The narrow moralism taught in their training at Deaconess House and Moore College and the strict injunctions given to them to work only with women and children, could alienate Sydney deaconesses from the people to whom they were trying to minister. Deaconess Dorothy Harris, in expressing her dislike of helping out at the Carramar Hostel for unmarried mothers, is an example of a Christian worker hampered by having acquired an over-moralistic attitude:
That was a job I didn’t enjoy. The actual work was all right but all those pregnant young girls I found nauseating. They had destroyed what should have been part of a future satisfying marriage and brought distress and unhappiness to themselves and families.
While admitting that “there were, of course, many instances where ignorance or some forms of abuse brought about the pregnancy”, Deaconess Harris still reflected the patriarchal church’s judgmental attitude towards women so often espoused by Anglican clergy, and the tendency to free the male of sexual responsibility.
Anglo-Catholics tended to favour the ministrations of women religious rather than deaconesses. In the Anglo-Catholic oriented Church Standard of 17 May 1940, in a series on parish life written under the pseudonym “Quiz”, there appeared an article entitled “The Dirge of the Deaconess”. The writer appeared to be torn between sympathy and rejection. While portraying an unflattering image of the deaconess, he also spoke out against the Church ‘s exploitation of women in this form of ministry.
“Quiz” described deaconesses as “bands of martyrs” who sacrificed their womanhood “to become a despised drudge with nothing on earth to press forward to but eventual retirement in some poverty-infested garret”. The writer continued:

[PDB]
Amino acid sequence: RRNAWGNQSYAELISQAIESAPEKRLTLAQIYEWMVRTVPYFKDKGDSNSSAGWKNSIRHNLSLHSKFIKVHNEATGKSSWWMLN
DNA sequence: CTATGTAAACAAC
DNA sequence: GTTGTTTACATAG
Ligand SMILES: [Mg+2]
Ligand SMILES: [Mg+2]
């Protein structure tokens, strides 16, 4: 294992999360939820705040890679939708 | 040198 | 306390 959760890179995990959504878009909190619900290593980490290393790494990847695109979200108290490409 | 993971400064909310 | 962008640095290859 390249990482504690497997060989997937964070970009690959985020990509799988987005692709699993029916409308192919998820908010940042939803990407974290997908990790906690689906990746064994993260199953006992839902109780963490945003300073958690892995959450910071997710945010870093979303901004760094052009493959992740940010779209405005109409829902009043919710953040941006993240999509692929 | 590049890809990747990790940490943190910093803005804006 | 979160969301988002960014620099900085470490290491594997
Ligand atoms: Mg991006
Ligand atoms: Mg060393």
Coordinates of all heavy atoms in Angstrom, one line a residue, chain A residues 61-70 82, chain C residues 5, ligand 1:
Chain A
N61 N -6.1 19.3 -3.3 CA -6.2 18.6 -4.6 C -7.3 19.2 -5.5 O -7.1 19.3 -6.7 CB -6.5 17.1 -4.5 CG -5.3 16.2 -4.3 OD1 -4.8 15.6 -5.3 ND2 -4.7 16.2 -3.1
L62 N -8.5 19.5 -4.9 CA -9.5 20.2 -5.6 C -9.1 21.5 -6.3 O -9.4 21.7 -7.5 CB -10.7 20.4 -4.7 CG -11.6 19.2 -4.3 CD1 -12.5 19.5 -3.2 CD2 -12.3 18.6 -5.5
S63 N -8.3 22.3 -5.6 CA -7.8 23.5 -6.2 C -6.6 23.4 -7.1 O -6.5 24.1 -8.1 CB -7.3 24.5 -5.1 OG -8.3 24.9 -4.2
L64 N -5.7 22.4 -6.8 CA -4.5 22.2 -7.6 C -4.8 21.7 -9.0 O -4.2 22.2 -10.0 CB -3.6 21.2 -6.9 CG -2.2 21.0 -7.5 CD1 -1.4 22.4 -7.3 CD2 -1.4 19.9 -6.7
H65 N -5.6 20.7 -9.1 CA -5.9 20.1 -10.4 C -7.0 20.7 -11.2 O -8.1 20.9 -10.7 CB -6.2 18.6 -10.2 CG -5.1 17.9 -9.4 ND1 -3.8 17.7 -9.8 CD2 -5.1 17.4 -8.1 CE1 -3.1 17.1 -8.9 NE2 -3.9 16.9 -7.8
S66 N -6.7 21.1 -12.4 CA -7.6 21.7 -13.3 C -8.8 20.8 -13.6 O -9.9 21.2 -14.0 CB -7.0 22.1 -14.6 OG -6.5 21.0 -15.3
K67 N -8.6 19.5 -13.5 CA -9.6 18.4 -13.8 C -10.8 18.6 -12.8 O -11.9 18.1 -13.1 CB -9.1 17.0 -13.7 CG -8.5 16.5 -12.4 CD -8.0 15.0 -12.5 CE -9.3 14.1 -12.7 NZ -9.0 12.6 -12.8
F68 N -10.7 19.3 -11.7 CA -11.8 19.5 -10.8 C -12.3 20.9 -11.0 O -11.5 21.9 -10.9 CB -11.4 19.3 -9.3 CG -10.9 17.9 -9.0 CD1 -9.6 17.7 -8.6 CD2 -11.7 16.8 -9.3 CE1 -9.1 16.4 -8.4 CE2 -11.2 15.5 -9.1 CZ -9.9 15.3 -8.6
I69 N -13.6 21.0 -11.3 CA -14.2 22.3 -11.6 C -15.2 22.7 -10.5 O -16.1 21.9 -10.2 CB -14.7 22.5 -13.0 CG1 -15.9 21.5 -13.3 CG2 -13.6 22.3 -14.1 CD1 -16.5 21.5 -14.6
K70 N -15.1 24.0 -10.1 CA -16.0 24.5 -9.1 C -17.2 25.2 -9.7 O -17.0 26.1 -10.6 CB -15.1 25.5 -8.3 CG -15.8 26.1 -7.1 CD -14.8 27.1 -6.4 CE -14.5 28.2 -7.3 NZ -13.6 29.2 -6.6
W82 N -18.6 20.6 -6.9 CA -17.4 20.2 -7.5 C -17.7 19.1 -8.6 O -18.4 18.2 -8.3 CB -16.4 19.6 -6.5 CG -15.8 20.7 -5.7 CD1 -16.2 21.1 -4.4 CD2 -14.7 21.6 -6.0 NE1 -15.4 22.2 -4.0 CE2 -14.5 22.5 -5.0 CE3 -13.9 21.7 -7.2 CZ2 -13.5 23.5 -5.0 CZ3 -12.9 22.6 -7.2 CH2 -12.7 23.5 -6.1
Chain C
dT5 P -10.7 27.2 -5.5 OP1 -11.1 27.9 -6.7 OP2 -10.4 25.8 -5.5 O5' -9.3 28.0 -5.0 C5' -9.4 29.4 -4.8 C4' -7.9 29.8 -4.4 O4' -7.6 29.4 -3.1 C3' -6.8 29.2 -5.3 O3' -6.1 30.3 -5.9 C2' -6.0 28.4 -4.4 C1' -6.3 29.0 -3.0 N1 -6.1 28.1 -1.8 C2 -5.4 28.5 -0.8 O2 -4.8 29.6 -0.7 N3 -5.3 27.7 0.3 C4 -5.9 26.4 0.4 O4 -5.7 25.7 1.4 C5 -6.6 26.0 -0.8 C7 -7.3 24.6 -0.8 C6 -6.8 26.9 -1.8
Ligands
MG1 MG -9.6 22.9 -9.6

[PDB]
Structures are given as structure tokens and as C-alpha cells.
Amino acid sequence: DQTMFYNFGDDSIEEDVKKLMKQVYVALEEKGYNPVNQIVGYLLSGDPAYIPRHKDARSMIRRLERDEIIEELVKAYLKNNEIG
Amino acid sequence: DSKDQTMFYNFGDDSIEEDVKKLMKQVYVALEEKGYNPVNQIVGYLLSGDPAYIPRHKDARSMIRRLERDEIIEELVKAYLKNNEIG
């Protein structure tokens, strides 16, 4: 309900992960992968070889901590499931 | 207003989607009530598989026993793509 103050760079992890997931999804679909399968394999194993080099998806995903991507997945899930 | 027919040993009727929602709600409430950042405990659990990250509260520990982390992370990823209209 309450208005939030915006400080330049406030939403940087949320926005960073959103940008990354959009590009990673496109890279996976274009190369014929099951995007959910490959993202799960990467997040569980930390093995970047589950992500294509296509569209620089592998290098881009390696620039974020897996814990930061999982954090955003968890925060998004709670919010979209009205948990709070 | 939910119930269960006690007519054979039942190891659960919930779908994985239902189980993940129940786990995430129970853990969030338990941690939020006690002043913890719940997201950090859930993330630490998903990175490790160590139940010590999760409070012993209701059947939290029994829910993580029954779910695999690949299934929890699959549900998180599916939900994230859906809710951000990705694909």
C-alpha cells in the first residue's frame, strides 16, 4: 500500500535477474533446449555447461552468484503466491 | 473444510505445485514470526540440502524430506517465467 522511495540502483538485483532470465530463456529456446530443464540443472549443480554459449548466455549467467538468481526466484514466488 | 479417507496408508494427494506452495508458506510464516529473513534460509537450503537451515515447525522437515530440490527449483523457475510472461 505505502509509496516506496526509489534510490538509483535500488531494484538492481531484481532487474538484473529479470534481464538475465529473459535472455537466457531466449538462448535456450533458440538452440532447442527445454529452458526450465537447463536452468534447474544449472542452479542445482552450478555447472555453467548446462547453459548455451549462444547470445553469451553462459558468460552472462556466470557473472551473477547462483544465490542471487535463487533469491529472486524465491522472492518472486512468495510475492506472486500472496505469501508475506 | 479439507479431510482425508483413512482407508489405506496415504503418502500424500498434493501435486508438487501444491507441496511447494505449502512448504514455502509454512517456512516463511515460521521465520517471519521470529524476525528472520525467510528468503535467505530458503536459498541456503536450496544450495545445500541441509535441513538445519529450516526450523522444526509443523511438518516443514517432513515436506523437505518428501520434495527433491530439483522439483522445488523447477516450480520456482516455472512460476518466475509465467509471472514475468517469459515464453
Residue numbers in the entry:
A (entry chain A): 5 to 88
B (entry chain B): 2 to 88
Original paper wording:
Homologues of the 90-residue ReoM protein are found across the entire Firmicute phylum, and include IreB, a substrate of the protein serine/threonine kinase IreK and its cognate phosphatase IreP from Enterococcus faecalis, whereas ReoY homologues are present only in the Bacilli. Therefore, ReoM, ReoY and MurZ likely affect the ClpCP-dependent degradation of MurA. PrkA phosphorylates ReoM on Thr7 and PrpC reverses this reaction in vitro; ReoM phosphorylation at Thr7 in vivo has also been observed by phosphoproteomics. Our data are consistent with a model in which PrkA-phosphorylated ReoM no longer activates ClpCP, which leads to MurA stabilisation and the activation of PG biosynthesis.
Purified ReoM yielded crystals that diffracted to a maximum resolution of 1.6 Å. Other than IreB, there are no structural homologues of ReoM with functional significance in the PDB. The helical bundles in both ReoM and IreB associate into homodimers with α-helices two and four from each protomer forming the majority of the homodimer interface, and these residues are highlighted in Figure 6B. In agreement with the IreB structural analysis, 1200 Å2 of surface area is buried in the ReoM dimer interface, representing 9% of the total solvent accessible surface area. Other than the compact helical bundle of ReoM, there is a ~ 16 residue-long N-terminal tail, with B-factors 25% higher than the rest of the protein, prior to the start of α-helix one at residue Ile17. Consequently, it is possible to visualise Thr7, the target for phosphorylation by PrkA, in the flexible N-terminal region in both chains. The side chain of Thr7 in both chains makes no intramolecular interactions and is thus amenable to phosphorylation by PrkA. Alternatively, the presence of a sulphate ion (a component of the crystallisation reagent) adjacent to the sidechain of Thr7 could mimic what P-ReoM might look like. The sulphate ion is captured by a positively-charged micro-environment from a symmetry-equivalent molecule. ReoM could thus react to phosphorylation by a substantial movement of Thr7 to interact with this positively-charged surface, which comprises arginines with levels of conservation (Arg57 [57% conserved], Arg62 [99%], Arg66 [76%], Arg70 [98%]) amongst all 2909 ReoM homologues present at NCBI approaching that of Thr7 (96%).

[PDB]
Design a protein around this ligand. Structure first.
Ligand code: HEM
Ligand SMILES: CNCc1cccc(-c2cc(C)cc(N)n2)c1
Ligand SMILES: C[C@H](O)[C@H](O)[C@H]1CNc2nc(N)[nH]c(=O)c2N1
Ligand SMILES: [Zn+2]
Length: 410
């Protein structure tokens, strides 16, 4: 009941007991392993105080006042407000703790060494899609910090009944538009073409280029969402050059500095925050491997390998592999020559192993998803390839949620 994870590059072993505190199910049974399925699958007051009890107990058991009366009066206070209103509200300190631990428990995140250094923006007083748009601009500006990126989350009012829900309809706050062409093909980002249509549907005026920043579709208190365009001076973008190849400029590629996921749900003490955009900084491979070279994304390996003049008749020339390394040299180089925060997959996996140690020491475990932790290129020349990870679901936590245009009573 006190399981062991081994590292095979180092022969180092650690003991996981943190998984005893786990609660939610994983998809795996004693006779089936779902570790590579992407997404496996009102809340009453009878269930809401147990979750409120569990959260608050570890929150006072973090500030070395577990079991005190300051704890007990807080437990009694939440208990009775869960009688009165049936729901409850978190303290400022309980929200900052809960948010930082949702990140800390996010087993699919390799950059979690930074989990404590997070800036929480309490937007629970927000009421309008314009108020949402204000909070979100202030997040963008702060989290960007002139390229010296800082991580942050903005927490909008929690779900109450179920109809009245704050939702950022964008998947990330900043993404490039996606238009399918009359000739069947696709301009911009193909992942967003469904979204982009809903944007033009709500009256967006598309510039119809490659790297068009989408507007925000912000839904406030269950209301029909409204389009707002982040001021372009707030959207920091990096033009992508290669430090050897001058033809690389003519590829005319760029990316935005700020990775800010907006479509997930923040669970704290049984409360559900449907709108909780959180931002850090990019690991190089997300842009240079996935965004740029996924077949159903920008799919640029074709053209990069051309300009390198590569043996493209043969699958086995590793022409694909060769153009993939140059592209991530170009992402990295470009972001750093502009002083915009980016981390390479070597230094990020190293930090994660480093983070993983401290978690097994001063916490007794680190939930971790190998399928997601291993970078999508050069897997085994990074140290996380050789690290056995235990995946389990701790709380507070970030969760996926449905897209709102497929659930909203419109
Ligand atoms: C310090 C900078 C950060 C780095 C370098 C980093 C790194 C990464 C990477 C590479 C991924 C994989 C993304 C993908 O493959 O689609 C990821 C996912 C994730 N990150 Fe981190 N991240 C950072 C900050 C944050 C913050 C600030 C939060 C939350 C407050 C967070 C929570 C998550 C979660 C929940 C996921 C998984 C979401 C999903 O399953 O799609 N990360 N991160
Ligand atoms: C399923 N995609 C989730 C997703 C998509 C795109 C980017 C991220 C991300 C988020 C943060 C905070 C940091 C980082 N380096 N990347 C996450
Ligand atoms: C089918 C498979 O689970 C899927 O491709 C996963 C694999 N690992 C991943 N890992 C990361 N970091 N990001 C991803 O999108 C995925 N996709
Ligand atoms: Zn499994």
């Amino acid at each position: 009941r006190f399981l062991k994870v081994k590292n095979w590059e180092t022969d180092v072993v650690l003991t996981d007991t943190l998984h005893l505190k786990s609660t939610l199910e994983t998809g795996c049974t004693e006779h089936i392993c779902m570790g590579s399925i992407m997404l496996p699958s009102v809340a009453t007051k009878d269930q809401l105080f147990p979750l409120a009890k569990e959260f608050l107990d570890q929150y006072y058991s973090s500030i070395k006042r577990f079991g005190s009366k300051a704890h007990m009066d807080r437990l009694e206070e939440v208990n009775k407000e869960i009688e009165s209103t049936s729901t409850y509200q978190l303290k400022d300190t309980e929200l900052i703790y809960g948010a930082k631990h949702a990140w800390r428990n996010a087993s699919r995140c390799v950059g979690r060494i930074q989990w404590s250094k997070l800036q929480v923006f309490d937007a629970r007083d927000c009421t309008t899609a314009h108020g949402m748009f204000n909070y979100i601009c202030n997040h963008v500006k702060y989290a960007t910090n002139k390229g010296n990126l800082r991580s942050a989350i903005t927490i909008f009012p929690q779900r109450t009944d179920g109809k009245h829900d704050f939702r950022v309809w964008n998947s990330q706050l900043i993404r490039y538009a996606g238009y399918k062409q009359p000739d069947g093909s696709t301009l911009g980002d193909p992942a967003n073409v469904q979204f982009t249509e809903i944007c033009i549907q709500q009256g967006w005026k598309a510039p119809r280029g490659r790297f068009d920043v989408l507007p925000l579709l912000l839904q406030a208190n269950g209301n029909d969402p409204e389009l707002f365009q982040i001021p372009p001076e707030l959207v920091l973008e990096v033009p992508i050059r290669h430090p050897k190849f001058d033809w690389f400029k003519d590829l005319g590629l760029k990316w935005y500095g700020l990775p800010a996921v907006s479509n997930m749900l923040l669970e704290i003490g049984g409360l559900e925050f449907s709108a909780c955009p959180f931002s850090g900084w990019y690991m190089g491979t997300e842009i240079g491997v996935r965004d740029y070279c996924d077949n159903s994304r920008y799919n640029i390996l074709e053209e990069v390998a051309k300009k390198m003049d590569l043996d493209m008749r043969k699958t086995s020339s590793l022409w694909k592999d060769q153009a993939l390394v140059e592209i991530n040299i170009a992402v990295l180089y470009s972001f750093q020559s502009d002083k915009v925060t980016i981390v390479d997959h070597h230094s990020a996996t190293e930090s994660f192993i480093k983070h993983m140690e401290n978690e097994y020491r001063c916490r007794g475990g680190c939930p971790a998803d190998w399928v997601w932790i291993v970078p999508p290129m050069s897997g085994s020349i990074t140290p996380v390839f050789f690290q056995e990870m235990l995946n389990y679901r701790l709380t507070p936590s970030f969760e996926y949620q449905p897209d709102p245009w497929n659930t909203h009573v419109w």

The life demanded of a deaconess flouts every divinely endowed human instinct ....Wearing flop hats and starched collars their uniform closely resembles that of a female felon. Surely the more Catholic and certainly more soul- sating would be the graceful robes of a nun.... So long as the present attire makes many a deaconess resemble rather the captain of her school hockey team than a vestal virgin. she will be treated as such by the average pavement trotter.
The writer also deplored the lowly accommodation - “small room with gas ring and use of bath” which the deaconess’s meagre stipend forced upon her, asserting that “this criminal system has all the austerities and none of the blessings of community life, and saps the very womanhood from her veins.” One of the problems for the urban deaconess was that she was not entitled to the accommodation benefits accorded to clergy and her salary was much lower.
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